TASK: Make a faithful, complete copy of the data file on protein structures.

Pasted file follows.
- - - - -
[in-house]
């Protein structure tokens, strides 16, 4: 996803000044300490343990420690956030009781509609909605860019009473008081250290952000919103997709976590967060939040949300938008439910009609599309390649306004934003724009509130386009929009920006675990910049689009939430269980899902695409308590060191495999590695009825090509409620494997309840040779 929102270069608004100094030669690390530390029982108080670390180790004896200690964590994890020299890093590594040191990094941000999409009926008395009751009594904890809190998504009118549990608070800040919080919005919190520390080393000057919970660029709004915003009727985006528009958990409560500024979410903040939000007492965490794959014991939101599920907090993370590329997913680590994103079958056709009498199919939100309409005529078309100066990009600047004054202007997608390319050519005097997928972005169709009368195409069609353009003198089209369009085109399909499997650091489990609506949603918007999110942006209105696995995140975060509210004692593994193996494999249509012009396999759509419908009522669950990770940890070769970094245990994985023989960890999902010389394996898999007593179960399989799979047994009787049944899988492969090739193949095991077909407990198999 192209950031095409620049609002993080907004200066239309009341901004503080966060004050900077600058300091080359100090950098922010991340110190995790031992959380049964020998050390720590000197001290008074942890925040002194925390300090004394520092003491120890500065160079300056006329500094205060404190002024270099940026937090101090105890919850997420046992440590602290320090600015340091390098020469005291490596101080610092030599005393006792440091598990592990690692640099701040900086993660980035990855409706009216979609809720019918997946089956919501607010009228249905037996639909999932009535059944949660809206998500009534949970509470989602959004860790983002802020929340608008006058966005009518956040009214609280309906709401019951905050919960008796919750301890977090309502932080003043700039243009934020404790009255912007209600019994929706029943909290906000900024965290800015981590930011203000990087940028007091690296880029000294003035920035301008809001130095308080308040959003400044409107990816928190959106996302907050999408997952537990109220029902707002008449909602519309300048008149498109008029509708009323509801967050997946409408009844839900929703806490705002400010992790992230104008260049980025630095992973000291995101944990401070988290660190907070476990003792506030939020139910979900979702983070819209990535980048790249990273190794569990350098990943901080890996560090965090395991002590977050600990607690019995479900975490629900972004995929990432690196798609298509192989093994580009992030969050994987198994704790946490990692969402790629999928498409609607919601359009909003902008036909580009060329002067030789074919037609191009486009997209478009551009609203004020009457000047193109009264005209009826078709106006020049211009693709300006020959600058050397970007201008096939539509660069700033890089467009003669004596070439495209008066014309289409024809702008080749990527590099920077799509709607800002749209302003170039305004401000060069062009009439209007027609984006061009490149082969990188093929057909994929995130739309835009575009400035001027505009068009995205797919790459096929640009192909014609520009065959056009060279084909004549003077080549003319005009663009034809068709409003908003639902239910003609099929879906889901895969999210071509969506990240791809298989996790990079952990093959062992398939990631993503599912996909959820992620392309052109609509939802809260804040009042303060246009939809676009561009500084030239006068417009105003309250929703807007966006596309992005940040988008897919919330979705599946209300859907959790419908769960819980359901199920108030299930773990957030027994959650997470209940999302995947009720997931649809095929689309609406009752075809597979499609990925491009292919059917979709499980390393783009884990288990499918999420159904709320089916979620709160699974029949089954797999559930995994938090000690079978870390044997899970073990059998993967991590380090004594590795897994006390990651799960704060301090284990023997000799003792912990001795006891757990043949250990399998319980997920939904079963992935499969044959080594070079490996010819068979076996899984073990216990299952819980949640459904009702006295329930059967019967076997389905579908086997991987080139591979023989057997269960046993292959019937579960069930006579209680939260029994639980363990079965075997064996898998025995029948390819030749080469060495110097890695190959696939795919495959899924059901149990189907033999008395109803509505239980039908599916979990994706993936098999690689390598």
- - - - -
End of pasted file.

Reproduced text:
[in-house]
């Protein structure tokens, strides 16, 4: 996803000044300490343990420690956030009781509609909605860019009473008081250290952000919103997709976590967060939040949300938008439910009609599309390649306004934003724009509130386009929009920006675990910049689009939430269980899902695409308590060191495999590695009825090509409620494997309840040779 929102270069608004100094030669690390530390029982108080670390180790004896200690964590994890020299890093590594040191990094941000999409009926008395009751009594904890809190998504009118549990608070800040919080919005919190520390080393000057919970660029709004915003009727985006528009958990409560500024979410903040939000007492965490794959014991939101599920907090993370590329997913680590994103079958056709009498199919939100309409005529078309100066990009600047004054202007997608390319050519005097997928972005169709009368195409069609353009003198089209369009085109399909499997650091489990609506949603918007999110942006209105696995995140975060509210004692593994193996494999249509012009396999759509419908009522669950990770940890070769970094245990994985023989960890999902010389394996898999007593179960399989799979047994009787049944899988492969090739193949095991077909407990198999 192209950031095409620049609002993080907004200066239309009341901004503080966060004050900077600058300091080359100090950098922010991340110190995790031992959380049964020998050390720590000197001290008074942890925040002194925390300090004394520092003491120890500065160079300056006329500094205060404190002024270099940026937090101090105890919850997420046992440590602290320090600015340091390098020469005291490596101080610092030599005393006792440091598990592990690692640099701040900086993660980035990855409706009216979609809720019918997946089956919501607010009228249905037996639909999932009535059944949660809206998500009534949970509470989602959004860790983002802020929340608008006058966005009518956040009214609280309906709401019951905050919960008796919750301890977090309502932080003043700039243009934020404790009255912007209600019994929706029943909290906000900024965290800015981590930011203000990087940028007091690296880029000294003035920035301008809001130095308080308040959003400044409107990816928190959106996302907050999408997952537990109220029902707002008449909602519309300048008149498109008029509708009323509801967050997946409408009844839900929703806490705002400010992790992230104008260049980025630095992973000291995101944990401070988290660190907070476990003792506030939020139910979900979702983070819209990535980048790249990273190794569990350098990943901080890996560090965090395991002590977050600990607690019995479900975490629900972004995929990432690196798609298509192989093994580009992030969050994987198994704790946490990692969402790629999928498409609607919601359009909003902008036909580009060329002067030789074919037609191009486009997209478009551009609203004020009457000047193109009264005209009826078709106006020049211009693709300006020959600058050397970007201008096939539509660069700033890089467009003669004596070439495209008066014309289409024809702008080749990527590099920077799509709607800002749209302003170039305004401000060069062009009439209007027609984006061009490149082969990188093929057909994929995130739309835009575009400035001027505009068009995205797919790459096929640009192909014609520009065959056009060279084909004549003077080549003319005009663009034809068709409003908003639902239910003609099929879906889901895969999210071509969506990240791809298989996790990079952990093959062992398939990631993503599912996909959820992620392309052109609509939802809260804040009042303060246009939809676009561009500084030239006068417009105003309250929703807007966006596309992005940040988008897919919330979705599946209300859907959790419908769960819980359901199920108030299930773990957030027994959650997470209940999302995947009720997931649809095929689309609406009752075809597979499609990925491009292919059917979709499980390393783009884990288990499918999420159904709320089916979620709160699974029949089954797999559930995994938090000690079978870390044997899970073990059998993967991590380090004594590795897994006390990651799960704060301090284990023997000799003792912990001795006891757990043949250990399998319980997920939904079963992935499969044959080594070079490996010819068979076996899984073990216990299952819980949640459904009702006295329930059967019967076997389905579908086997991987080139591979023989057997269960046993292959019937579960069930006579209680939260029994639980363990079965075997064996898998025995029948390819030749080469060495110097890695190959696939795919495959899924059901149990189907033999008395109803509505239980039908599916979990994706993936098999690689390598």